Commissioners hear city recycling plan
Dickinson city commissioners heard a complete budget for a proposed citywide residential recycling program on Monday. If approved, there would be an increase of less than $5 per month on household utility bills. "One of the options is also a $2 t...
Dickinson city commissioners heard a complete budget for a proposed citywide residential recycling program on Monday.
If approved, there would be an increase of less than $5 per month on household utility bills.
"One of the options is also a $2 to $3 increase, maybe up to $4, at the landfill," said Public Works Director Gary Zuroff. "The reason we did that is because the disposal part of the recyclables is probably one of the most expensive costs of transferring those dollars to the recycling facility."
Aaron Praus, solid waste manager, presented a proposed budget of $786,478 for capital expenses, including $398,750 for containers, $200,000 for a compaction unit and $70,100 for side-loading trucks.
Praus also proposed an operating expenses budget of $327,975, including adding a full-time chief operator position at $71,445.
Included in the expenses is transport of the materials to a materials recovery facility.
Possible MRF sites include a facility in Minnesota, and another in Regina, Saskatchewan, Praus said.
The city recycling fund has a balance of $649,480, which will reduce the cost of capital items to slightly more than $5,700.
Praus offered two possibilities for a cost increase.
The current rate is $44 per ton, with a monthly charge of $5.75 for households.
Fees could be raised to $46 per ton, with an increase of $4.75 per month, or $47 per ton, for an increase of $4.25 per month.
The charge is comparable with other North Dakota cities, Praus said. Fargo charges $43 per ton and Bismarck $45 per ton.
To further reduce costs, the city is pursuing a U.S. Department of Agriculture rural development grant for $100,000. The city will find out the results in June at the earliest.
Commissioner Sarah Jennings-Trustem supported an increase to $47 per ton, and was joined by Commissioner Klayton Oltmanns.
If approved, the city recycling program would have its kick-off in October, Praus said.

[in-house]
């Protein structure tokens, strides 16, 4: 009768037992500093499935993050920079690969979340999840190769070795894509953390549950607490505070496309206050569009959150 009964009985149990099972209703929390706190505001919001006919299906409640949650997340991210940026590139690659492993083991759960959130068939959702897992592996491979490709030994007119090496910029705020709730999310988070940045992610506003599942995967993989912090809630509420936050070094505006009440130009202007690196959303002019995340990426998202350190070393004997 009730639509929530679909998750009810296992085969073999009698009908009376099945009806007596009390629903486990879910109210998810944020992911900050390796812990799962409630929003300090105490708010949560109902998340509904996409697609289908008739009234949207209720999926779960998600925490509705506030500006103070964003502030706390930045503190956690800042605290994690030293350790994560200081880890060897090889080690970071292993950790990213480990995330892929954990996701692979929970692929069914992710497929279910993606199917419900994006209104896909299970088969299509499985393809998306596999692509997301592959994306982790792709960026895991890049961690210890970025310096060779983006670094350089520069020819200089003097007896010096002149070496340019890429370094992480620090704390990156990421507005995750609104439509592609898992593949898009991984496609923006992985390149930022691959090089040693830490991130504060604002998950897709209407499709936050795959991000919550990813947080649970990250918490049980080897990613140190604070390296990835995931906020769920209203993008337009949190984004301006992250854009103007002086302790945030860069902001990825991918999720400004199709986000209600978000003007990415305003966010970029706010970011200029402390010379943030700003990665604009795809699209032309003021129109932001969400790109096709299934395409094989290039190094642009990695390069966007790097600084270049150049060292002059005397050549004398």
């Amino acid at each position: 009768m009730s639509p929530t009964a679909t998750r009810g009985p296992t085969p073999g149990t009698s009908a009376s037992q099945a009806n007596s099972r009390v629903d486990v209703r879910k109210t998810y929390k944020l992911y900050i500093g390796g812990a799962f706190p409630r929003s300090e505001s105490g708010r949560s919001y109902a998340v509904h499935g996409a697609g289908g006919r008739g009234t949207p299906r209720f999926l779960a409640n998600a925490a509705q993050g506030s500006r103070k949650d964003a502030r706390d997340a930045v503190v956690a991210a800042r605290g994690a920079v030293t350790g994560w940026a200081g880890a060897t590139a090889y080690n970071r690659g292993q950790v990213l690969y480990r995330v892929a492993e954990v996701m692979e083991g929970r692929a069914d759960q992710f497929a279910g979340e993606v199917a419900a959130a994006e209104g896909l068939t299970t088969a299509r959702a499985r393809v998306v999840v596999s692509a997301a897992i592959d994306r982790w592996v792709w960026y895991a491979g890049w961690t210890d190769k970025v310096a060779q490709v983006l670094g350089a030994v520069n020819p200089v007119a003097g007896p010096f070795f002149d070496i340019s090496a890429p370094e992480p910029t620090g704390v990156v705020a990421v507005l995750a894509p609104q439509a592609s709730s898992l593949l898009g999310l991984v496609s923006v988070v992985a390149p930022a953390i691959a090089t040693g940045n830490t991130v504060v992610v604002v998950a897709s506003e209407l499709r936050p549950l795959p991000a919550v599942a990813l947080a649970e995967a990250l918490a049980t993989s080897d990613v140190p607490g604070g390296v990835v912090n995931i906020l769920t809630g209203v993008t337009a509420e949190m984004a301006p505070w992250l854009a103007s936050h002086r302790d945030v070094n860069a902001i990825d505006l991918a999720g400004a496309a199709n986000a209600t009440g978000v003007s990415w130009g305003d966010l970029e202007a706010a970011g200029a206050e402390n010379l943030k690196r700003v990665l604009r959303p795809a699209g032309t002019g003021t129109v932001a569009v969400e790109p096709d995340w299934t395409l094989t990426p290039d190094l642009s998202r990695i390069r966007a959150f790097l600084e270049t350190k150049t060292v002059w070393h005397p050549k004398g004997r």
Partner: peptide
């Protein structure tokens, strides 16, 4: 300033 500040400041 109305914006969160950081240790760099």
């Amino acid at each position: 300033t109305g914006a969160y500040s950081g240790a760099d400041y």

"We plan to have some public informational meetings, which would begin about one month prior to the recycling start-up," he said. "We plan to reach out to the schools, to educate the children on recycling techniques and benefits and utilizing some brochures."
Plans will be considered in the future for recycling services for apartments and businesses, and for expanding recycling services outside of Dickinson.
Oltmanns applauded the department's efforts.
"We know recycling is the right way to go as a community, but our biggest concern was how to implement it without breaking the bank," he said. "Kudos!"
Mayor Scott Decker also complimented the department.
"You guys have done an outstanding job,"he said.
City commissioners will take action on the issue at their Jan. 22 meeting after considering budget changes and fee amendments.
City Administrator Shawn Kessel heard the results of a yearly job evaluation completed by the five city commissioners.
He was graded on a scale of one to five, Decker explained, with five meaning "excellent."
In job knowledge, Kessel was rated 4.6; in work quality, 3.4; leadership relationships, 2.9; initiative, 4.1; communication skills, 3.3; and dependability, 3.8.
Kessel was praised for his work ethic, and described as a "very dependable employee" and "a champion for the city of Dickinson," but also received criticism.
"When it comes to the budget process, we're looking for a little more financial leadership," Decker said.
Dickinson Fire Chief Bob Sivak reported that the city had only 49 accidents in 2017 across all city departments.
"That's the lowest total overall injuries we've had for the past five consecutive years," Sivak said. "We finally succeeded in doing what we were striving to do all the time, to lower our incident rates."
He added, "The last time it was below 50 was 2011."
Of those incidents, 19 required medical attention. Thirty incidents did not require medical attention, and 11 were property damage events.
The leading injury was sprains, with 11 incidences reported.